Washington Law Review


Jeremy Gelms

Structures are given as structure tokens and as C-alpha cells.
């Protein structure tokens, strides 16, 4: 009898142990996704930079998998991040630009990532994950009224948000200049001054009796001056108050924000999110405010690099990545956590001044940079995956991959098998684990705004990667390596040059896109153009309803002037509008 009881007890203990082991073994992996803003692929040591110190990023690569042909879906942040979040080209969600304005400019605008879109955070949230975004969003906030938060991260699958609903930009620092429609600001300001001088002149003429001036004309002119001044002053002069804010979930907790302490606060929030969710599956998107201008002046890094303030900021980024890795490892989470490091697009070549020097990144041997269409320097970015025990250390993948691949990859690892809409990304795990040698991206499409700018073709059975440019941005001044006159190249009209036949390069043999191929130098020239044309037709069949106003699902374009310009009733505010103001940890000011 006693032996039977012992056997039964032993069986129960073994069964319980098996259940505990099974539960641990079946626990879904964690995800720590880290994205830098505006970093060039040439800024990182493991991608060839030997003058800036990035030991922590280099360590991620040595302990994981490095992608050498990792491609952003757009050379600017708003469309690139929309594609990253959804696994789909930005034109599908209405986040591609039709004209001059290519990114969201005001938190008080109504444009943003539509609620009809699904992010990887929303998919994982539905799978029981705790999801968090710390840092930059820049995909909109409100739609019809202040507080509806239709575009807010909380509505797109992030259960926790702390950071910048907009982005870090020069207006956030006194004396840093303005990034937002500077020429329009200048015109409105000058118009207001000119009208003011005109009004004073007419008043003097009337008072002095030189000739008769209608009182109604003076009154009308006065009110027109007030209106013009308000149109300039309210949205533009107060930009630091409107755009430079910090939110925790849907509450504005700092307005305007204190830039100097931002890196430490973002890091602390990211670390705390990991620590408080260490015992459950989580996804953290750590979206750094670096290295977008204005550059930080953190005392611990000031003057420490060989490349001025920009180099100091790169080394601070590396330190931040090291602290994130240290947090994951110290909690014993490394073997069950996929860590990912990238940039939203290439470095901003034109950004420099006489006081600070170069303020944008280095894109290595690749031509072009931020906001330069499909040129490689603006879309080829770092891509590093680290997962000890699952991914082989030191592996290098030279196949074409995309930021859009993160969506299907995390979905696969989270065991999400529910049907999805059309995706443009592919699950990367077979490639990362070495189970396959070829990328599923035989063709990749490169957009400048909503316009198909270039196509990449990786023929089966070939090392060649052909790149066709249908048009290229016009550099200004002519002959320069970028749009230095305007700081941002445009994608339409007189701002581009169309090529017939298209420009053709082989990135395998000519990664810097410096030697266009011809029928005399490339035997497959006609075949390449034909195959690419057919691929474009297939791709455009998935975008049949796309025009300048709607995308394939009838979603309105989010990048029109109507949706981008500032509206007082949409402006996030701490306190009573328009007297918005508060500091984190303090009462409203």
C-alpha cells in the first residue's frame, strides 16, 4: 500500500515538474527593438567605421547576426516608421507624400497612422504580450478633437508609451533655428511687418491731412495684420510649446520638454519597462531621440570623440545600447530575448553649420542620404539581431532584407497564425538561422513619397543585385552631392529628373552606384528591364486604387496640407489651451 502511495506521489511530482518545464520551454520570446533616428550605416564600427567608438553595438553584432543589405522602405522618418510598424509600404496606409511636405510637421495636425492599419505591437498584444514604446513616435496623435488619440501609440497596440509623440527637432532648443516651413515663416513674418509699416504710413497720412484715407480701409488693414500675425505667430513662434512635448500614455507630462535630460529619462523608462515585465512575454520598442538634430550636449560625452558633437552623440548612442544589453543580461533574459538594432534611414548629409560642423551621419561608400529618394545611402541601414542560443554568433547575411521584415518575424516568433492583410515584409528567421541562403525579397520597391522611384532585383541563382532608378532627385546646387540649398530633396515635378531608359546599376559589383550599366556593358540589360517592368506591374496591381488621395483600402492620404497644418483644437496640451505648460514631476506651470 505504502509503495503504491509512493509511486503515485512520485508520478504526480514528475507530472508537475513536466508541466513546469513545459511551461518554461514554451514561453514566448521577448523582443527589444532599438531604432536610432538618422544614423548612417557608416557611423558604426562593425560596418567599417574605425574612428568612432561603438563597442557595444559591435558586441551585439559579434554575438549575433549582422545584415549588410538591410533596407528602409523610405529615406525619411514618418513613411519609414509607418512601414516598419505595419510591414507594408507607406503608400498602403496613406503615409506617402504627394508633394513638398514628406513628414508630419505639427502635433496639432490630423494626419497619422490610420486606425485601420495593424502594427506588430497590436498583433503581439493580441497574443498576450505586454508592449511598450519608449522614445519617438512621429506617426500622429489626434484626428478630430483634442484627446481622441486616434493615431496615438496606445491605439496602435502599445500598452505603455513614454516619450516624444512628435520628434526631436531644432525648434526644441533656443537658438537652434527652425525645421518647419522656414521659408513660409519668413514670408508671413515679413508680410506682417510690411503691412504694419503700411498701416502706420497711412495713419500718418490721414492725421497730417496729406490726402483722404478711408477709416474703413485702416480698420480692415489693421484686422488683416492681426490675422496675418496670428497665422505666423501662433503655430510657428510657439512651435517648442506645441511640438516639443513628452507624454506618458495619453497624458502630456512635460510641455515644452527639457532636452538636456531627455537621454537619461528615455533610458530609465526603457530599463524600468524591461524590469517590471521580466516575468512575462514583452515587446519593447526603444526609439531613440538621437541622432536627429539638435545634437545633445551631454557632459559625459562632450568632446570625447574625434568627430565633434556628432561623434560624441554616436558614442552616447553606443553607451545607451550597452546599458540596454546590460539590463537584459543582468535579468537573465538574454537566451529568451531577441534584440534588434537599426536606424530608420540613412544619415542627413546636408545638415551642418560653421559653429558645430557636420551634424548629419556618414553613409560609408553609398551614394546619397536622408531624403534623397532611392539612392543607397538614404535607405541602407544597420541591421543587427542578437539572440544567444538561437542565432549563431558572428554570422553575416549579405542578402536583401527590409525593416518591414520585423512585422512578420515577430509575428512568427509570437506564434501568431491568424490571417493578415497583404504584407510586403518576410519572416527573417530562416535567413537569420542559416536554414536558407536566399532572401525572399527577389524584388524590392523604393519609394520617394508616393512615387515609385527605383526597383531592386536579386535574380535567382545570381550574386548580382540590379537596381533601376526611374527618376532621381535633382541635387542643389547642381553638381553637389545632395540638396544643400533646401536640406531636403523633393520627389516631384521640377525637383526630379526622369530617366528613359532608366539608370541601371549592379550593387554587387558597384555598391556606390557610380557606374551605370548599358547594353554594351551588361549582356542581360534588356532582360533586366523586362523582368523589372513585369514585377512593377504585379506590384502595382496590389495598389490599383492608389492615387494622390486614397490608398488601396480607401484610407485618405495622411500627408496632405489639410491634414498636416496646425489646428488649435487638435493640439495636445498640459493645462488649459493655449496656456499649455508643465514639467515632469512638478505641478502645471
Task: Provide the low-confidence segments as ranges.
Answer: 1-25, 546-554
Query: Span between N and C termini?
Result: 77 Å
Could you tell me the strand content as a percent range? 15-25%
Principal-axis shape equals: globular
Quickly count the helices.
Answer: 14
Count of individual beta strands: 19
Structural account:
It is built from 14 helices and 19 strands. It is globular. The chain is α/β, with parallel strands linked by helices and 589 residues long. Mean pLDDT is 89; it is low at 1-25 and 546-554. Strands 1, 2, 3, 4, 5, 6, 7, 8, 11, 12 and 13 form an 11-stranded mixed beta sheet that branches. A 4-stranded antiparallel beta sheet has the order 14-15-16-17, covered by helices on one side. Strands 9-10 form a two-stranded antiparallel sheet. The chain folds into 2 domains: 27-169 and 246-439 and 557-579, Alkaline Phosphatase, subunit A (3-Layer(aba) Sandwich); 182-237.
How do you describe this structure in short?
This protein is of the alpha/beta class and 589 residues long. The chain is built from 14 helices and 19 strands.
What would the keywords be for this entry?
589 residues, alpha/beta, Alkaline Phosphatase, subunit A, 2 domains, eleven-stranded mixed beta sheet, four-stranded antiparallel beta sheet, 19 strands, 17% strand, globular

Workplace harassment has traditionally occurred within the “four walls” of the workplace. In Faragher v. City of Boca Raton and Burlington Industries, Inc. v. Ellerth the U.S. Supreme Court recognized that employers are liable under Title VII of the 1964 Civil Rights Act for harassment that is sufficiently severe or pervasive to alter the employee’s work environment. The rise in social media, however, has created a new medium through which harassment occurs. Courts are just beginning to confront the issue of if and when to consider social media harassment as part of the totality of the circumstances of a Title VII hostile work environment claim. This Comment argues that to determine whether social media harassment evidence should be considered as part of the totality of the circumstances, courts should examine whether the employer derived a “substantial benefit” from the social media forum. If the employer derived a “substantial benefit” from the social media forum where the harassment occurred, then a court may logically consider the social media platform to be an extension of the employee’s work environment and thus part of the totality of the circumstances. This framework is consistent with the traditional workplace harassment analysis under Title VII, recognizes evolving technology in the modern workplace, and would provide employers with guidance on how to maintain an affirmative defense to harassment allegations in the social media age.

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